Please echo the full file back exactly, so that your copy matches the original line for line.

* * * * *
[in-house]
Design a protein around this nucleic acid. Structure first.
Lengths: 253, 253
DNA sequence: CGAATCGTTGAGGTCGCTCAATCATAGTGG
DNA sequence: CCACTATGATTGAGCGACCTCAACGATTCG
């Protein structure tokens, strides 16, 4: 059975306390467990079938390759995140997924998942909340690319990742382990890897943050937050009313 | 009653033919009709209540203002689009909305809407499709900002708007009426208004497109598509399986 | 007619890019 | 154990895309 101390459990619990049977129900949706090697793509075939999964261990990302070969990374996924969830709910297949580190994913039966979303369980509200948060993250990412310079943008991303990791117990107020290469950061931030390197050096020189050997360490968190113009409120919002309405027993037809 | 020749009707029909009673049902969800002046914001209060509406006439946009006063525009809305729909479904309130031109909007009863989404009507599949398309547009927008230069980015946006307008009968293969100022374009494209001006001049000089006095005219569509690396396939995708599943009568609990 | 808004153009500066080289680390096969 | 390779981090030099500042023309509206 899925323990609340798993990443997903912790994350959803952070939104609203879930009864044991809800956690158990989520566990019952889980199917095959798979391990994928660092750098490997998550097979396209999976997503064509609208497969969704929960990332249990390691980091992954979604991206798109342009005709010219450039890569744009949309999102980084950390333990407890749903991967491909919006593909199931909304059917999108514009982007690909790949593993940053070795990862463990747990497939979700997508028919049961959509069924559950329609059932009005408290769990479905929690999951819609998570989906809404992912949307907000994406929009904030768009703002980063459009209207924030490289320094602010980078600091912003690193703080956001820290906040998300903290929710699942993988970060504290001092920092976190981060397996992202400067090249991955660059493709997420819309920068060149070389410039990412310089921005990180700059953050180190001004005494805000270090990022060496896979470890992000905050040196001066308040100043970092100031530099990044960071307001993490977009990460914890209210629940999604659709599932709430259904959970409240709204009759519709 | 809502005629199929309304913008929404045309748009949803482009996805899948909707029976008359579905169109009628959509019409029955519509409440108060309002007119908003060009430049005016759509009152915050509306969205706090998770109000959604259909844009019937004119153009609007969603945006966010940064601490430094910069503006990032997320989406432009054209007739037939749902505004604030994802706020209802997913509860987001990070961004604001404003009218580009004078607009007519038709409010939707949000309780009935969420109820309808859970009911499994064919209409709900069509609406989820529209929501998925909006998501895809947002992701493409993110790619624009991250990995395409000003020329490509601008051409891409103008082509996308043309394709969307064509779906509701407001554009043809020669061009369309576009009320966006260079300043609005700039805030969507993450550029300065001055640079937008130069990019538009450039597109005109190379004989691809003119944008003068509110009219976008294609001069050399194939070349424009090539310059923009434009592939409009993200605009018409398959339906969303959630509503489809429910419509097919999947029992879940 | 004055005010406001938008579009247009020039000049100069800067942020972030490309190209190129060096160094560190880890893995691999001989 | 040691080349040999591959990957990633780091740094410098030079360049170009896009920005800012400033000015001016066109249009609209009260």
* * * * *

[in-house]
Design a protein around this nucleic acid. Structure first.
Lengths: 253, 253
DNA sequence: CGAATCGTTGAGGTCGCTCAATCATAGTGG
DNA sequence: CCACTATGATTGAGCGACCTCAACGATTCG
């Protein structure tokens, strides 16, 4: 059975306390467990079938390759995140997924998942909340690319990742382990890897943050937050009313 | 009653033919009709209540203002689009909305809407499709900002708007009426208004497109598509399986 | 007619890019 | 154990895309 101390459990619990049977129900949706090697793509075939999964261990990302070969990374996924969830709910297949580190994913039966979303369980509200948060993250990412310079943008991303990791117990107020290469950061931030390197050096020189050997360490968190113009409120919002309405027993037809 | 020749009707029909009673049902969800002046914001209060509406006439946009006063525009809305729909479904309130031109909007009863989404009507599949398309547009927008230069980015946006307008009968293969100022374009494209001006001049000089006095005219569509690396396939995708599943009568609990 | 808004153009500066080289680390096969 | 390779981090030099500042023309509206 899925323990609340798993990443997903912790994350959803952070939104609203879930009864044991809800956690158990989520566990019952889980199917095959798979391990994928660092750098490997998550097979396209999976997503064509609208497969969704929960990332249990390691980091992954979604991206798109342009005709010219450039890569744009949309999102980084950390333990407890749903991967491909919006593909199931909304059917999108514009982007690909790949593993940053070795990862463990747990497939979700997508028919049961959509069924559950329609059932009005408290769990479905929690999951819609998570989906809404992912949307907000994406929009904030768009703002980063459009209207924030490289320094602010980078600091912003690193703080956001820290906040998300903290929710699942993988970060504290001092920092976190981060397996992202400067090249991955660059493709997420819309920068060149070389410039990412310089921005990180700059953050180190001004005494805000270090990022060496896979470890992000905050040196001066308040100043970092100031530099990044960071307001993490977009990460914890209210629940999604659709599932709430259904959970409240709204009759519709 | 809502005629199929309304913008929404045309748009949803482009996805899948909707029976008359579905169109009628959509019409029955519509409440108060309002007119908003060009430049005016759509009152915050509306969205706090998770109000959604259909844009019937004119153009609007969603945006966010940064601490430094910069503006990032997320989406432009054209007739037939749902505004604030994802706020209802997913509860987001990070961004604001404003009218580009004078607009007519038709409010939707949000309780009935969420109820309808859970009911499994064919209409709900069509609406989820529209929501998925909006998501895809947002992701493409993110790619624009991250990995395409000003020329490509601008051409891409103008082509996308043309394709969307064509779906509701407001554009043809020669061009369309576009009320966006260079300043609005700039805030969507993450550029300065001055640079937008130069990019538009450039597109005109190379004989691809003119944008003068509110009219976008294609001069050399194939070349424009090539310059923009434009592939409009993200605009018409398959339906969303959630509503489809429910419509097919999947029992879940 | 004055005010406001938008579009247009020039000049100069800067942020972030490309190209190129060096160094560190880890893995691999001989 | 040691080349040999591959990957990633780091740094410098030079360049170009896009920005800012400033000015001016066109249009609209009260």